Mineralization of native soil organic matter is not regulated by the size, activity or composition of the soil microbial biomass-a new perspective

S.J. Kemmitt, C.V. Lanyon, I.S. Waite, Q. Wen, T.M. Addiscott, N.R.A. Bird, A.G. O'Donnell, P.C. Brookes

    Research output: Contribution to journalArticlepeer-review

    315 Citations (Scopus)

    Abstract

    Soil organic matter is extensively humified; some fractions existing for more than 1000 years. The soil microbial biomass is surrounded by about 50 times its mass of soil organic matter, but can only metabolize it very slowly. Paradoxically, even if more than 90% of the Soil microbial biomass is killed, the mineralization of soil organic matter proceeds at the same rate as in an unperturbed soil. Here we show that soil organic matter mineralization is independent of microbial biomass size, community structure or specific activity. We suggest that the rate limiting step is governed by abiological processes (which we term the Regulatory Gate hypothesis), which convert non-bioavailable soil organic matter into bioavailable soil organic matter, and cannot be affected by the microbial population. This work challenges one of the long held theories in soil microbiology proposed by Winogradsky, of the existence of autochthonous and zymogenous microbial populations. This has significant implications for our understanding of carbon mineralization in soils and the role of soil micro-organisms in the global carbon cycle. Here we describe experiments designed to determine if the Regulatory Gate operates. We conclude that there is sufficient experimental evidence for it to be offered as a working hypothesis. (c) 2007 Elsevier Ltd. All rights reserved.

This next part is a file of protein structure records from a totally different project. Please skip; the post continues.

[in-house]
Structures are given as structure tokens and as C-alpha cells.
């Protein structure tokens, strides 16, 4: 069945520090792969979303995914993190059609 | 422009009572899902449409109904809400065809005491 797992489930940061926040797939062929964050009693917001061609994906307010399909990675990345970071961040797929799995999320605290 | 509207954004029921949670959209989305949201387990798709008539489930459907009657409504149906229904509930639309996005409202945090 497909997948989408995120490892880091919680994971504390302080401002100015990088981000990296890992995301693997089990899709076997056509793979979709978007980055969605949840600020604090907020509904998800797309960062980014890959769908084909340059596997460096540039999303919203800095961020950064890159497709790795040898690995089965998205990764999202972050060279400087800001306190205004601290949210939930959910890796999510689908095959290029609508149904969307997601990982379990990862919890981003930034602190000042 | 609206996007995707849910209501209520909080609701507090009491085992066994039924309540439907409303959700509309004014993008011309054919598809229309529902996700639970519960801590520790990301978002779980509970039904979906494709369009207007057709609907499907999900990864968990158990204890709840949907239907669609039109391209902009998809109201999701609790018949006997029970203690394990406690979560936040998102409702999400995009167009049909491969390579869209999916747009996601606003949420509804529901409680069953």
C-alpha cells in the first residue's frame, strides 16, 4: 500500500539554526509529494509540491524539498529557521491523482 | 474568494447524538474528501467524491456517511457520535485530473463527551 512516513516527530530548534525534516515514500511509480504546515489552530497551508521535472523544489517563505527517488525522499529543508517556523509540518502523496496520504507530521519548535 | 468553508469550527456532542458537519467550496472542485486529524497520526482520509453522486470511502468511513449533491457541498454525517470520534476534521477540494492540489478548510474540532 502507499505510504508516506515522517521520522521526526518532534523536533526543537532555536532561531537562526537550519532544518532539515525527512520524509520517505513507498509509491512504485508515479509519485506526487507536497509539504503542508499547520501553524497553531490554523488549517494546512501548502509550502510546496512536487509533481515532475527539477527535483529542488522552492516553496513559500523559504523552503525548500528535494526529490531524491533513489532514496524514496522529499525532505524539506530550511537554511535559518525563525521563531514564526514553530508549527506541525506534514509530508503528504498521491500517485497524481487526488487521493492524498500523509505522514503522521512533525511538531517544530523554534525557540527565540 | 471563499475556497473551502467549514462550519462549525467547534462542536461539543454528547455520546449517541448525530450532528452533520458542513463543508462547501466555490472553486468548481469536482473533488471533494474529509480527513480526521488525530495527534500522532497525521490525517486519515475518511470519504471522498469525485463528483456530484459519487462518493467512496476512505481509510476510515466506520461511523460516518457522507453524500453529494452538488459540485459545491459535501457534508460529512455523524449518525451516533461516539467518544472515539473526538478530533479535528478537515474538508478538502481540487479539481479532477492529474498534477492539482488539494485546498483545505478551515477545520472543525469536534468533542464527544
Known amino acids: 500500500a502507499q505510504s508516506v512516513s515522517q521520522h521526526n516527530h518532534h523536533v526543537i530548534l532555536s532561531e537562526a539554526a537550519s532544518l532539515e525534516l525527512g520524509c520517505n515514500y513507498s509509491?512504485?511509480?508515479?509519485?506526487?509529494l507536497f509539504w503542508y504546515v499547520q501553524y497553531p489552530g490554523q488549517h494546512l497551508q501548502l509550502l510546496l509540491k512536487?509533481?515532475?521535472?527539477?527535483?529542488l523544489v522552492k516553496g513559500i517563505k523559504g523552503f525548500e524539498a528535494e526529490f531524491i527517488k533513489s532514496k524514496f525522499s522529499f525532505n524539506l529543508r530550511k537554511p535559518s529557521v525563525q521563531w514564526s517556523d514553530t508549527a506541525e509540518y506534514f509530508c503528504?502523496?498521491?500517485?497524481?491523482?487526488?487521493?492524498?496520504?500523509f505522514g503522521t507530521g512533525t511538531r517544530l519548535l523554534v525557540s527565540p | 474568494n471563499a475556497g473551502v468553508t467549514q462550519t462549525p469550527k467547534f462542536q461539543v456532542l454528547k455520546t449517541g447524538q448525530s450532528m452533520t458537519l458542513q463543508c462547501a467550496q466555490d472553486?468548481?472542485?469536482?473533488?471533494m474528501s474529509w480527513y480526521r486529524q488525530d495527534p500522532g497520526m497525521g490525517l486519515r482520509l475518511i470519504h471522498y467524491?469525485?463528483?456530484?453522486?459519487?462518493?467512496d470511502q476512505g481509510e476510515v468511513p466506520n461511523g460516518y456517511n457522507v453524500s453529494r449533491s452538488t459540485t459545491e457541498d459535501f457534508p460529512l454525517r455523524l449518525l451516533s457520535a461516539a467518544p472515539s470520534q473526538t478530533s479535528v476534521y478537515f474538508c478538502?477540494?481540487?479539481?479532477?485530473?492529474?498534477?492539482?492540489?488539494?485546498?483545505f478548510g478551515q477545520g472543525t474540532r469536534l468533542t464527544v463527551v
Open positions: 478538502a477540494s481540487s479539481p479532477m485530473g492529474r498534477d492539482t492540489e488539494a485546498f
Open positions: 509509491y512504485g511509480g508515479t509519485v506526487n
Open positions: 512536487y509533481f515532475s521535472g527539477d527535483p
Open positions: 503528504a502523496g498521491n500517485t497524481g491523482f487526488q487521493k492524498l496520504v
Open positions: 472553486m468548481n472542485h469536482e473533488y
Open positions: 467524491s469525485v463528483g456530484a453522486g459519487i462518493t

Original languageEnglish
    Pages (from-to)61-73
    JournalSoil Biology and Biochemistry
    Volume40
    Issue number1
    DOIs
    Publication statusPublished - 2008

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